I am not an animal in my personal life.  But in the ring there is an animal inside me.  Sometimes it roars when the first bell rings. – Roberto Duran.

In Montreal, Duran took the fight to Leonard from the opening bell.  Cutting off the ring and denying the champion room to work, the Panamanian controlled the bout and was awarded a unanimous decision.  The boxing world was stunned by Duran’s victory and a rematch was scheduled for five months later, causing concern in Leonard’s camp.

Following the win in Montreal, Duran spent a lot of time partying and celebrating — but not a lot of time training.  He gained 40 pounds, forcing him to have to fast in the days before the fight in order to make the 147-pound limit.  The rematch took place November 25, 1980, at the Superdome in New Orleans.  Leonard used his superior speed and movement to outbox and confuse Duran.  In Round 7, the challenger began to taunt the champ, at one point winding up his right hand as if to throw a bolo punch then snapping off a left jab to Duran’s face.  In the closing seconds of the eighth round, Duran quit.  Humiliated, he turned his back to Leonard and waved his glove, saying to referee Octavo Meyran, “No mas” [“No more” in Spanish].  It ended one of the most iconic fights in boxing history and began the most defining moment of Duran’s life and career.

Once the poster child of Panama, the boxing idol was shunned and even ostracized in his home country following the second Leonard fight.  Duran took time off, then moved up in weight.  On his 32nd birthday, he claimed the super welterweight title from Davey Moore.  A year later, Duran was knocked out for the first time in his career, losing to Thomas Hearns in the second round.  He did not contend again until 1989, when the 37-year-old former lightweight decisioned Iran Barkley for the middleweight crown to earn his fourth career title.  It was one of Duran’s greatest achievements, but his reign was short-lived.  He moved up in weight again, lost a third clash with Leonard, and never regained his old form.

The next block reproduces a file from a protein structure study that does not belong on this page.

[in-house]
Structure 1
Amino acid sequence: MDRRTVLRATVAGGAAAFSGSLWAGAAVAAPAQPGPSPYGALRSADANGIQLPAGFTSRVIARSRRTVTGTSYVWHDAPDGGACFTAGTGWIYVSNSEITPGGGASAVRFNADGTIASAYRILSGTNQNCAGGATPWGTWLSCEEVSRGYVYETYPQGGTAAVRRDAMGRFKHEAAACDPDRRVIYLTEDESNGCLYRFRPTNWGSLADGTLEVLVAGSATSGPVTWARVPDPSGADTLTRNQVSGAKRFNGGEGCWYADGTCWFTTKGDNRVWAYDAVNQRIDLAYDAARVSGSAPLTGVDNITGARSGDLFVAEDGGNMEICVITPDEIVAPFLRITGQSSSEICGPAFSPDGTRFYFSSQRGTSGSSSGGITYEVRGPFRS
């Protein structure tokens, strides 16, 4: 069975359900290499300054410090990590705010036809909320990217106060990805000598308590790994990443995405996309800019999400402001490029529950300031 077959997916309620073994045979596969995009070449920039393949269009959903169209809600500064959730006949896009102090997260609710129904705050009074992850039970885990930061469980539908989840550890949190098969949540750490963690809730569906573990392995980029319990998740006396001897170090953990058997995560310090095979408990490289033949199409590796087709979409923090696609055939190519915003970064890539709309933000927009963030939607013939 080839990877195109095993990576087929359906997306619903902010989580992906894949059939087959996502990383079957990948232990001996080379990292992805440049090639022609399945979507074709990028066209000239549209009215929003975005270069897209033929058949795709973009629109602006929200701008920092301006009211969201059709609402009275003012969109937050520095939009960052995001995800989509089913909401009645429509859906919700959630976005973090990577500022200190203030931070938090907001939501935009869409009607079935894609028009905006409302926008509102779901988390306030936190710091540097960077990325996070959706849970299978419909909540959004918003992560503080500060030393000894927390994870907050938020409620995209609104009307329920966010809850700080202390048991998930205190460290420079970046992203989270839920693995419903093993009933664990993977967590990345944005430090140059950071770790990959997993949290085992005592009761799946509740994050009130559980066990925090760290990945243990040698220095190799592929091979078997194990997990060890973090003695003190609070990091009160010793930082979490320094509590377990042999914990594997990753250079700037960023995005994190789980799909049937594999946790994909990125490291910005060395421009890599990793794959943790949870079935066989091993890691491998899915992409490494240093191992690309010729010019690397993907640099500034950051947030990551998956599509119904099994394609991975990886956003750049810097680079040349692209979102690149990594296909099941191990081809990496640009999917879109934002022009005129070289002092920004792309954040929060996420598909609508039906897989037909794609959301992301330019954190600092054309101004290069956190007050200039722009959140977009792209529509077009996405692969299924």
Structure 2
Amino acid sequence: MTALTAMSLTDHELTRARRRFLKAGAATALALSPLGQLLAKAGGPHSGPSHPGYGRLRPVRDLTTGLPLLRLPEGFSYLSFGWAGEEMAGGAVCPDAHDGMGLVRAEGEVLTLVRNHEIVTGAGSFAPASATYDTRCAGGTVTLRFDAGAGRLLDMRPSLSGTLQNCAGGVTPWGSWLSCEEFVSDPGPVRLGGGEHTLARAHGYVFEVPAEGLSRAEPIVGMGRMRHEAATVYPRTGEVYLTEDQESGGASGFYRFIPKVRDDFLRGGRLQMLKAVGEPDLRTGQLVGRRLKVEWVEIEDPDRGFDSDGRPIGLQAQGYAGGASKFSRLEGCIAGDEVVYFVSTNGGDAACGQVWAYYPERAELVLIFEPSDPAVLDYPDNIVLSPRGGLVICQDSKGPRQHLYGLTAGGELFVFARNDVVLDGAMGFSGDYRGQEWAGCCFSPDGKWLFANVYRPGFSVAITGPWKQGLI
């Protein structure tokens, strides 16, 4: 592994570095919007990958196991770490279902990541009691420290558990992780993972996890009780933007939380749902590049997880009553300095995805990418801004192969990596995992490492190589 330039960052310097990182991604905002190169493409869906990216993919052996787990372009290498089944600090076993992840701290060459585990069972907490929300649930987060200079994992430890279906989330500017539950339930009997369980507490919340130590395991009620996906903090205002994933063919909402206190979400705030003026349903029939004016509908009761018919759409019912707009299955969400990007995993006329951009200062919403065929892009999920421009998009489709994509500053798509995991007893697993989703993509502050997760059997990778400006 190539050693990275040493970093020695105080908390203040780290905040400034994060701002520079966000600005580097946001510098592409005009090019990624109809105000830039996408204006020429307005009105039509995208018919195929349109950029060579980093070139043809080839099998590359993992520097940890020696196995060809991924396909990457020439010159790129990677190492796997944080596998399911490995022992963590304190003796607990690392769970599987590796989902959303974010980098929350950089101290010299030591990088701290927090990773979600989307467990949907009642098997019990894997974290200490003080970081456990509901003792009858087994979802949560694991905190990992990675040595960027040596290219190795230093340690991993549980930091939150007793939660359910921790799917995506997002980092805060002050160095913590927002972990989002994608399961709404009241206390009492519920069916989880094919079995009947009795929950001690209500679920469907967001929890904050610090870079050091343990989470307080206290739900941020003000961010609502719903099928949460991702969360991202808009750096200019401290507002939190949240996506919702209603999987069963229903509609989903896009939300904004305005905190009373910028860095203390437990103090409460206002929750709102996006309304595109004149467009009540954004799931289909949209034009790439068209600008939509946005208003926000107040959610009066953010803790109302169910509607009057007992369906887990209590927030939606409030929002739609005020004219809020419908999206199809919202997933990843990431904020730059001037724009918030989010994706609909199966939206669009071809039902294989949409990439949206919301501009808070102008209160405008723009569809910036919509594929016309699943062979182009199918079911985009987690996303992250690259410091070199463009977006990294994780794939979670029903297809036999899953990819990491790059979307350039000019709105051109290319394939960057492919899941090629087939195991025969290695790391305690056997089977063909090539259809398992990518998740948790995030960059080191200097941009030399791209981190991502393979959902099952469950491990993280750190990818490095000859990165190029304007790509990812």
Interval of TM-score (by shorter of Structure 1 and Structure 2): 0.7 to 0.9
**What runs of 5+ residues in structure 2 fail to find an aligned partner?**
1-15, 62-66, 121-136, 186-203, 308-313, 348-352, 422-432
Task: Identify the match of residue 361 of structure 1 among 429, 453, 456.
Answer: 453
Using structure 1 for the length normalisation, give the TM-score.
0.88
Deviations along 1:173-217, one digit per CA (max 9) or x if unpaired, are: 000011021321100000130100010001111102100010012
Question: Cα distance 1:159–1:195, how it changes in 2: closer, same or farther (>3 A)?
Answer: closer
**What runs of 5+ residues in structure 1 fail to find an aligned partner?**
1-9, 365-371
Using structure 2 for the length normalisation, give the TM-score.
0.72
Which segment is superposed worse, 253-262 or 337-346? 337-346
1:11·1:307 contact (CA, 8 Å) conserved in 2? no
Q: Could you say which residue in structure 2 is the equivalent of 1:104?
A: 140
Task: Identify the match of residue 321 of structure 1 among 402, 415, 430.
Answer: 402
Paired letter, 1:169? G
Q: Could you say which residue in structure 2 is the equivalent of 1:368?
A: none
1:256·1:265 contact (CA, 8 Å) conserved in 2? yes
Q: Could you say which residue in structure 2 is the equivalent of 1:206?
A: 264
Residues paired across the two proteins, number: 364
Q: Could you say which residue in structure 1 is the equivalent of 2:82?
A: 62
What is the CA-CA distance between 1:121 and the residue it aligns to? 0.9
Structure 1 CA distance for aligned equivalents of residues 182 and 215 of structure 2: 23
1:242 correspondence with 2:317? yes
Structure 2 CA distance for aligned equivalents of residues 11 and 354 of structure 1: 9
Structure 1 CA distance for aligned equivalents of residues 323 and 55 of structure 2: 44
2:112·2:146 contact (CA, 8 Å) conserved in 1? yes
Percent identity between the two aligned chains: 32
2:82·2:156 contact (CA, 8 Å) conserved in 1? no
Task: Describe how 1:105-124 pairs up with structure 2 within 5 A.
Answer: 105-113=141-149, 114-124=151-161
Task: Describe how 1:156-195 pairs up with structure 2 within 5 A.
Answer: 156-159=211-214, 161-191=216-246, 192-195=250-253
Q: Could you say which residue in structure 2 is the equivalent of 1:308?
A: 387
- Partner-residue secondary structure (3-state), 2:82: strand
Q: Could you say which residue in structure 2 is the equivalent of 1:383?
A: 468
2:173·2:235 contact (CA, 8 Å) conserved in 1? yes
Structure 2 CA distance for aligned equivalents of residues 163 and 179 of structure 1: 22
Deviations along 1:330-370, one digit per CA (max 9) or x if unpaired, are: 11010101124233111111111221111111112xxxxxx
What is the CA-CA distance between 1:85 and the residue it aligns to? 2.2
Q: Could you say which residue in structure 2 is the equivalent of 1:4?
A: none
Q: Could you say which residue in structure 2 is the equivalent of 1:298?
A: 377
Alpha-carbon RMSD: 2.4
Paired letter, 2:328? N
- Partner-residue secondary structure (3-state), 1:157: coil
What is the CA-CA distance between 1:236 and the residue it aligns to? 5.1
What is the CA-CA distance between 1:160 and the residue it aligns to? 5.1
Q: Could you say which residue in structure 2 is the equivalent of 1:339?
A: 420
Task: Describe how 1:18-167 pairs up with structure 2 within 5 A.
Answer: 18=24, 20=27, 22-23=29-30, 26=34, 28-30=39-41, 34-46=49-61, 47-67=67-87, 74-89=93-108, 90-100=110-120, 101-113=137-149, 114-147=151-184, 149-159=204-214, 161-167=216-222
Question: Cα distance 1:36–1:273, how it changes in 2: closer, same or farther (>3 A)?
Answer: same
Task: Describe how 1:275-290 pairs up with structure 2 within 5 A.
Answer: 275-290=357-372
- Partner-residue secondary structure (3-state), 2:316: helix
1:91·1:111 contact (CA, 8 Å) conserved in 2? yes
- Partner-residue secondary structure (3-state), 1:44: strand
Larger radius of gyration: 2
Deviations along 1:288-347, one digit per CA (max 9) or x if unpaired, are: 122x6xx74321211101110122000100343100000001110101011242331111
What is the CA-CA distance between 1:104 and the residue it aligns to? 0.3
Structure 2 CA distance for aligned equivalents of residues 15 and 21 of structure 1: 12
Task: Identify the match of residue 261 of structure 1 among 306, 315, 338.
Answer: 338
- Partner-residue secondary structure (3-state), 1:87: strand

The No Mas moment overshadows everything else in Roberto Duran’s extraordinary career.

Whether it was for money, pride, adoration or a lack of other interests, Roberto Duran continued boxing until he was well past his prime.  From 1968 to 2001, he fought at least once a year except 1985.  Like many fighters, the Tasmanian Devil held on too long.  Half of his career losses came after he turned 40, including four of his last nine.  Following a 2001 car crash that required life-saving surgery, Duran finally retired at 50 with a career record of 103-16.

Generally considered the finest lightweight of all time, the Associated Press voted Duran the seventh-best fighter of the 20th century.  In 2002, he was chosen by The Ring magazine as the fifth greatest fighter of the last 80 years.  Mr. Duran was inducted into the World Boxing Hall of Fame in 2006 and the International Boxing Hall of Fame in 2007.

On this date in 1977, Roberto Duran earned a 15-round unanimous decision over Edwin Viruet at the Spectrum in Philadelphia.  Duran, who ran his record to 62-1, retained the WBA, The Ring, and lineal lightweight titles.